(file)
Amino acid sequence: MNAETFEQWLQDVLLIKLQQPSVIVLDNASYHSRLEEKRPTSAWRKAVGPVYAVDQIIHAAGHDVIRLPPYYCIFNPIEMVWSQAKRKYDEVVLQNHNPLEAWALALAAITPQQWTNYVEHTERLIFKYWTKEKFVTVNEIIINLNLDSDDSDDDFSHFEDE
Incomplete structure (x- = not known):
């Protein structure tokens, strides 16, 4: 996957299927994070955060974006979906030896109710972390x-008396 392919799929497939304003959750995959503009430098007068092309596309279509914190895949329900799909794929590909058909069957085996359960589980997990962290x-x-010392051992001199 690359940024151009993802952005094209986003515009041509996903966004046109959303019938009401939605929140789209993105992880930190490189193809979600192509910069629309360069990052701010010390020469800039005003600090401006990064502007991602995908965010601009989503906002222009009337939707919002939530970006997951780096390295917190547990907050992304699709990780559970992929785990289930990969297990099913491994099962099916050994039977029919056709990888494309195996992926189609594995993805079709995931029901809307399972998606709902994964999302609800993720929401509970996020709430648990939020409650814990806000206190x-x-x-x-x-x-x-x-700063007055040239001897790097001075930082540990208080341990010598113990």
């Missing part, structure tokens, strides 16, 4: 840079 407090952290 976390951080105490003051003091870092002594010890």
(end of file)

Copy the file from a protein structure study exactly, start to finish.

Amino acid sequence: MNAETFEQWLQDVLLIKLQQPSVIVLDNASYHSRLEEKRPTSAWRKAVGPVYAVDQIIHAAGHDVIRLPPYYCIFNPIEMVWSQAKRKYDEVVLQNHNPLEAWALALAAITPQQWTNYVEHTERLIFKYWTKEKFVTVNEIIINLNLDSDDSDDDFSHFEDE
Incomplete structure (x- = not known):
């Protein structure tokens, strides 16, 4: 996957299927994070955060974006979906030896109710972390x-008396 392919799929497939304003959750995959503009430098007068092309596309279509914190895949329900799909794929590909058909069957085996359960589980997990962290x-x-010392051992001199 690359940024151009993802952005094209986003515009041509996903966004046109959303019938009401939605929140789209993105992880930190490189193809979600192509910069629309360069990052701010010390020469800039005003600090401006990064502007991602995908965010601009989503906002222009009337939707919002939530970006997951780096390295917190547990907050992304699709990780559970992929785990289930990969297990099913491994099962099916050994039977029919056709990888494309195996992926189609594995993805079709995931029901809307399972998606709902994964999302609800993720929401509970996020709430648990939020409650814990806000206190x-x-x-x-x-x-x-x-700063007055040239001897790097001075930082540990208080341990010598113990």
């Missing part, structure tokens, strides 16, 4: 840079 407090952290 976390951080105490003051003091870092002594010890």